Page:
Fifty-Sixth and Wabasha

On March 14, 1983, my best friend Lars and I made the great trek from our home in St. Paul, Minnesota to Podunk, Wyoming.

Why Wyoming? Well, at the ripe age of 23, with a beat up Dodge Aspen and a desire for nothing, Wyoming offered just that: a whole lot of nothing.

And, believe it or not, driving through fields for eight hours had taken its toll on our morale, and we needed a pick-me-up.

It was 2AM, and we eventually found our way to the only convenience store open as we stocked up on as much beer as possible.

"Hey Don," Lars piped up.

"Yeah?"

"Why don't we take this case to an open field and stargaze a bit?" Lars proposed. "It's not often you get to see the stars like this."

I glanced up. He was right; the lack of light pollution made for an incredible sight. It's not like finding an empty field to relax in would be difficult, either – fields were all that surrounded us.

So we decided to drive until we found a secluded location to park our car and drink; Lars was always a big drinker.

"You should throw on some Dylan," he suggested, as he cracked open two beers for us and handed me a cigarette.

I happily complied, as I popped in my Blood on the Tracks 8-track. The following events will stay with me for the rest of my life.

We were driving down a completely flat and straight two-lane road, which could be weakly classified as a 'highway,' when we see headlights a ways down. Now, as I mentioned before, Wyoming is flat – and I mean unbelievably flat. We could see these headlights from afar, so we couldn't really tell how fast the car was moving toward us or how far away it was.

Suddenly, without warning, the lights shot straight up into the sky at an incredible speed and seemed to have left no trace. I looked at Lars.

"Did you just see that-" we simultaneously gasped, jaws agape.

We didn't really know what to make of the lights; it was only a split-second and didn't give us much to observe. We were more intrigued than spooked, but perhaps both of us were just pretending as to not appear timid. So we kept on driving.

We eventually came to an opening in a fence, in what appeared to be a lone dirt road into a vastly open field.

"DO NOT ENTER – PRIVATE PROPERTY" was printed on this lopsided, tattered, and barely-legible sign.

We looked at each other with a smirk as to say "good enough for me."


Meet me in the morning Fifty-sixth and Wabasha

Bob Dylan crooned on my shitty sound system while the car rocked and jumped over the dirt road.

As we drove down, we encountered more signs, pretty much to the same effect as the first: "PRIVATE PROPERTY" and "KEEP OUT," and the like.

But as we kept driving, the signs became increasingly… aggressive, finally culminating in "DEADLY FORCE AUTHORIZED BEYOND THIS POINT."

I became very uneasy and stopped the car. I could tell Lars was uncomfortable, too.

Suddenly, and actually out of fucking nowhere, a bright spotlight engulfed us and four Jeeps surrounded the car.

Men in unmarked white uniforms had us at gunpoint with military-grade rifles.

"What the fuck are you doing here?" one of the strange guards screamed behind his gun.

As calmly as possible, we raised our hands and tried to explain that we were simply two degenerates trying to catch a buzz and see the stars.

After a few seconds of pleading, the guard ordered his men to put their guns down; he seemed more annoyed than anything.

"Listen, you guys can't be here. Leave. Now. We will escort you back to the main road."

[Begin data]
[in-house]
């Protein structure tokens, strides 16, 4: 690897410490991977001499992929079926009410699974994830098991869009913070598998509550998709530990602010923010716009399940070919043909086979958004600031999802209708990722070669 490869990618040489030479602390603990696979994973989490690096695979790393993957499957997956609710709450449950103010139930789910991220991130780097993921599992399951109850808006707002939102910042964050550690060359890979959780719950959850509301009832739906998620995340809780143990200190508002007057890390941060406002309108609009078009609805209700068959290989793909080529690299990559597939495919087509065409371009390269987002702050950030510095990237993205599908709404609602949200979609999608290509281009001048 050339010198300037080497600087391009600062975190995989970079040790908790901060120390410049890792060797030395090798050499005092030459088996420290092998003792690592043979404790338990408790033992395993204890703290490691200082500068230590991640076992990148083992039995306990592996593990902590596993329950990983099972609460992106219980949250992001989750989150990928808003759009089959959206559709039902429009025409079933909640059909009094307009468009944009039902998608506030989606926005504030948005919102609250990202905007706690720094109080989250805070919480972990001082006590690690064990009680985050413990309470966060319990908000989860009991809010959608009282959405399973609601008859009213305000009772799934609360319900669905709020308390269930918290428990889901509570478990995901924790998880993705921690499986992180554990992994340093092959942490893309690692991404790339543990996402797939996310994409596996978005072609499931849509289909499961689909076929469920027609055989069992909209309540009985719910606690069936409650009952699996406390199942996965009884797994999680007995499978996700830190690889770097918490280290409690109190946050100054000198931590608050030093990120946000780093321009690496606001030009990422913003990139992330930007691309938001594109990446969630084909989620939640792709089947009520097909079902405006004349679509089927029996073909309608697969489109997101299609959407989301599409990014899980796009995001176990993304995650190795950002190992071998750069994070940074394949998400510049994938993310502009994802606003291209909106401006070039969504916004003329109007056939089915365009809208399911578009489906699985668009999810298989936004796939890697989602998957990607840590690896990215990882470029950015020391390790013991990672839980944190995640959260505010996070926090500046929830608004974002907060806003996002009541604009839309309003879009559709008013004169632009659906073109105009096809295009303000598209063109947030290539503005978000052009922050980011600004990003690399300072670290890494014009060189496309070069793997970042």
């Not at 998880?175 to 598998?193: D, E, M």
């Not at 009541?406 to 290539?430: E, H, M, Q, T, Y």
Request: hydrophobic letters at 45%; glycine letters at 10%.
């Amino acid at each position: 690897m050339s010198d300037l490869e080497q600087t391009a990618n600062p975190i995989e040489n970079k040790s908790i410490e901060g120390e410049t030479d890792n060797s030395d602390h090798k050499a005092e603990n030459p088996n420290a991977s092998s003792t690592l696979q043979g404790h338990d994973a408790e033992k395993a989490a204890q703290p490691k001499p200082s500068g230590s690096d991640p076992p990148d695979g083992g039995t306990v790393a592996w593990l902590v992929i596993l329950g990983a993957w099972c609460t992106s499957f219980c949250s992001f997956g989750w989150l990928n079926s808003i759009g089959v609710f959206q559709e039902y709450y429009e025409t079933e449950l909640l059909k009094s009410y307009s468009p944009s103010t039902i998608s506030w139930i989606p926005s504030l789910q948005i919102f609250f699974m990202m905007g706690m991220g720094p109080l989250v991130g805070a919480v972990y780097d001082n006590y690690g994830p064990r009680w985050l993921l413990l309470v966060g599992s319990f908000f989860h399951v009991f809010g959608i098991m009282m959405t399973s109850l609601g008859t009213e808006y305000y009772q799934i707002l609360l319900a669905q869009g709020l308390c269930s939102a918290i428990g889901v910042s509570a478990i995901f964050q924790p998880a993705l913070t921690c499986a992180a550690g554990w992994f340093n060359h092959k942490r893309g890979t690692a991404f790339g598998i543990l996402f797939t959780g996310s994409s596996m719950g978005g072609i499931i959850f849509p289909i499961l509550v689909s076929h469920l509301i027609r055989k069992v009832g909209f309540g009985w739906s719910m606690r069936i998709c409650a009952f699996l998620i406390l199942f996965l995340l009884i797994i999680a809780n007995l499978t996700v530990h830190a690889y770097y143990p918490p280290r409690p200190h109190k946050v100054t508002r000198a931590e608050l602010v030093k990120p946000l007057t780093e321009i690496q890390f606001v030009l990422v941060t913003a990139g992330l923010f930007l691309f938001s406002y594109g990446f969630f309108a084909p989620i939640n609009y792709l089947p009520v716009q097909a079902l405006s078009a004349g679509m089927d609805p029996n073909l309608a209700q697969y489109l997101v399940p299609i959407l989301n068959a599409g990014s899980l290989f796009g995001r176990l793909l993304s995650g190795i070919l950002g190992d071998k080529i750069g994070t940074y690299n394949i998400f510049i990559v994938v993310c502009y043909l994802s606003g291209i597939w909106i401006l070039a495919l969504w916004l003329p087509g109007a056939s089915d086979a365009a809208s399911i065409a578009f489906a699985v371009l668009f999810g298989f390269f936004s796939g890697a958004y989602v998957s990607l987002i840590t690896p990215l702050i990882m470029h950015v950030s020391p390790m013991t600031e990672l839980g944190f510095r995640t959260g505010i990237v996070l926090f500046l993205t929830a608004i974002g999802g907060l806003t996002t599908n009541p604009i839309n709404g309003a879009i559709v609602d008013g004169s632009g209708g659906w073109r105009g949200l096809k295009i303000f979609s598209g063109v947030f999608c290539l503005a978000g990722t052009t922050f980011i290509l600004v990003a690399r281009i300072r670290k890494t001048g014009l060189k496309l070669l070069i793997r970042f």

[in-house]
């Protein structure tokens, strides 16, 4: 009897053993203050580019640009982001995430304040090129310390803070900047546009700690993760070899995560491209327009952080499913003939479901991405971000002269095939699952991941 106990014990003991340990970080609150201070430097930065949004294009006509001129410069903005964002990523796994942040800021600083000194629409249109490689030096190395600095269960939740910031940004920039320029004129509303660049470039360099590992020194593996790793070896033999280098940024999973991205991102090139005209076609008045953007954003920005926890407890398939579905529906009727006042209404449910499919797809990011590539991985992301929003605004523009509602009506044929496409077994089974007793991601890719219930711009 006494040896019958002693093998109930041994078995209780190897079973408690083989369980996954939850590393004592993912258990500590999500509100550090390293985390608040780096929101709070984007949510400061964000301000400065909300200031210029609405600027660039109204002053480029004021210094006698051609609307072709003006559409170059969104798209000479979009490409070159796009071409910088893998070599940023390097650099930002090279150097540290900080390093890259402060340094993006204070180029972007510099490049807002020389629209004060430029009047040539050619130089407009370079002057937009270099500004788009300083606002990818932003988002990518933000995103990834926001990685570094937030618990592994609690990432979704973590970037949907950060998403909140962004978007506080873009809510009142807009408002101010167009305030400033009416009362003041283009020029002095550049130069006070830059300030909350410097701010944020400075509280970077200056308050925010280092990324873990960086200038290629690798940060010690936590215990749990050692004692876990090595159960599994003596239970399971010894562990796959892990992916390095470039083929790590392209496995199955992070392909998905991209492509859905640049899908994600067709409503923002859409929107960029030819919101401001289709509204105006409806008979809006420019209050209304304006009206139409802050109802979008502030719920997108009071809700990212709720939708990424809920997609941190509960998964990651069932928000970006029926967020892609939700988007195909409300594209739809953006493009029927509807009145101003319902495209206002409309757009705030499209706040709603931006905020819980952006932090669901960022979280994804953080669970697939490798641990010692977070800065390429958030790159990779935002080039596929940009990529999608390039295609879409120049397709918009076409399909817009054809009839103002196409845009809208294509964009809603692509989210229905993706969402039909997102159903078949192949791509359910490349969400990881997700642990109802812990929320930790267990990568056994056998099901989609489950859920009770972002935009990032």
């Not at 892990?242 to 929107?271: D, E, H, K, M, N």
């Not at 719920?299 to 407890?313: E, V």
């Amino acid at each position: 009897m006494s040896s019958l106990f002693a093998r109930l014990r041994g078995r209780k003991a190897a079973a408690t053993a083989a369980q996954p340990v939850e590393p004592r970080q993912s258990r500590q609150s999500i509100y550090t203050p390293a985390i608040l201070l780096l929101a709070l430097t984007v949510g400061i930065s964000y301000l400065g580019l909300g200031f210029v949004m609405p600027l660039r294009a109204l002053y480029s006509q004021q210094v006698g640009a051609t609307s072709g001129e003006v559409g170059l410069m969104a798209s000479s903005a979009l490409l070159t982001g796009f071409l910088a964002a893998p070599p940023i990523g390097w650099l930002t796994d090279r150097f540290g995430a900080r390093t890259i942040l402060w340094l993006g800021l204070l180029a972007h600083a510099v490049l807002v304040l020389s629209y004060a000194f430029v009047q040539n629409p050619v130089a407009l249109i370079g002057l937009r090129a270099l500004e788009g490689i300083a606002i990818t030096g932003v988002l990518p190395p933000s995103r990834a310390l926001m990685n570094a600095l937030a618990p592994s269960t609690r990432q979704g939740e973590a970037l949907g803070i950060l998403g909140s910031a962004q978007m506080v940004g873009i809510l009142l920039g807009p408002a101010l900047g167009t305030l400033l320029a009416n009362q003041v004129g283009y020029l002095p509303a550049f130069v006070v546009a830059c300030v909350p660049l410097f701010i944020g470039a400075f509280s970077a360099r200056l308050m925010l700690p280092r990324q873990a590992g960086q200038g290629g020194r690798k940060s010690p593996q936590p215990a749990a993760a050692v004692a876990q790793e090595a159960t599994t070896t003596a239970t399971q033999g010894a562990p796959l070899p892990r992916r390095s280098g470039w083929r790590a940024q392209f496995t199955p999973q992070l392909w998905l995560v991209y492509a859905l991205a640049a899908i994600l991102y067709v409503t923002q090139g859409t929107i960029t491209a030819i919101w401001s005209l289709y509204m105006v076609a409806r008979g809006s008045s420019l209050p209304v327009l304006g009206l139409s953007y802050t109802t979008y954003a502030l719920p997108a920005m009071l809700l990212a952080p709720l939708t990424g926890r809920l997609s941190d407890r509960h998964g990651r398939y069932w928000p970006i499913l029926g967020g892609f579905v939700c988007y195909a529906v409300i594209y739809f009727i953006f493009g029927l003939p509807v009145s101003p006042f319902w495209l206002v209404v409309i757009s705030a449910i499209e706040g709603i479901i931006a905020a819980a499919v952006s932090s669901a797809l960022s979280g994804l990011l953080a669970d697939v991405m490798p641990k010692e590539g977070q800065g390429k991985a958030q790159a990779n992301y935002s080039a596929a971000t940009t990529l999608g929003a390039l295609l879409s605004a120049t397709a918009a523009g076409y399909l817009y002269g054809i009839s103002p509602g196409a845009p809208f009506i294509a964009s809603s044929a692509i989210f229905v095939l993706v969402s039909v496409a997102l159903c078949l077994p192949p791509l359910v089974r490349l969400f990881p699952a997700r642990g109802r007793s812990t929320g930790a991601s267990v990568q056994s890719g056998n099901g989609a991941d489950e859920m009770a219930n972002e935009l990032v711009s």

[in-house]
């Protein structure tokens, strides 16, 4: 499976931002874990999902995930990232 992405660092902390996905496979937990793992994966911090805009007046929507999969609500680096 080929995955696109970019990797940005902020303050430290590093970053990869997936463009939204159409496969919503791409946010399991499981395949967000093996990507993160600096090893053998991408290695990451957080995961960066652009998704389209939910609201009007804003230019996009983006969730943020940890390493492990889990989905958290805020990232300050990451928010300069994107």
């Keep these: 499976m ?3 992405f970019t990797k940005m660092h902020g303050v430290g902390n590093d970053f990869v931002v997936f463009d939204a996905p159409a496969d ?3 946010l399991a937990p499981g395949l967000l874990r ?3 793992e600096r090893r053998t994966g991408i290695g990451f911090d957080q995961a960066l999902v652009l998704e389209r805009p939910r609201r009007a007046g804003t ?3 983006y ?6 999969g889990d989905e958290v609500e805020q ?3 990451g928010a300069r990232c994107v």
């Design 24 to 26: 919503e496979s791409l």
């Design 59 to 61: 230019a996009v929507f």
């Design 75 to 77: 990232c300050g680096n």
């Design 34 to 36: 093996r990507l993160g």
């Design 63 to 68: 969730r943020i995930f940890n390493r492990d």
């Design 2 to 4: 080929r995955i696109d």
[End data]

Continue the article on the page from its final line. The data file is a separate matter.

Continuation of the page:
Thank Christ. I had nearly shat myself. I carefully maneuvered a three-point-turn to turn around on this narrow road and drove back the way we came. We glanced at each other, too shaken up to even talk.

The drive back to the main road seemed to be much longer than before.

"Stop," said a wide-eyed Lars.

"What?"

"STOP! JUST FUCKING STOP!" he screamed, "DO YOU SEE THAT?! IN THE SHADOWS!"

I slammed the brakes. "See what?! What the fuck ar-"

Without warning, he bolted from the car into the open field. I was frozen in a state of shock, as the armed guards in the Jeep following us yelled and ran after him.

I hopped out to chase after him; as soon as I stepped foot outside the car I crumpled to the ground in the fetal position.

I experienced the most extreme tinnitus I've ever heard. It was so loud, I was physically forced to the ground and began to pull on my hair and scream. My nose began to bleed.

The tinnitus grew louder, and I was able to make out words:

They say the darkest hour is right before the dawn They say the darkest hour is right before the dawn

I was hearing what was playing from the 8-track in my car, but it was impossibly loud and seemed to fill the air.

I was able to make out gunshots and a guard screaming at me to get back in my car as I writhed on the ground, physically unable to move. The feeling of helplessness and impending doom engulfed me.


When I awoke, I was neatly parked on the main road. It was dawn, as the sun was just starting to peak over the horizon.

It took me a minute to recount where the fuck I was or what the fuck happened. Did I imagine it? I looked down at the dry blood on my shirt and the patches of hair missing from my head and the empty passenger seat.

My stomach dropped. I needed to get as far away from that place as fast as possible. I called the police as soon as I got to a pay phone but couldn't bear to stick around and wait for them.

On March 15, 1983, I made the loneliest drive back to St. Paul, Minnesota.

Lars was never found.

Please, if you have any information or know of anything similar happening… please contact me.

I'm okay now. Although not nearly as bad, the ringing in my ears has never left.

But you wouldn't know it by me Every day's been darkness since you've been gone

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Source: horror text

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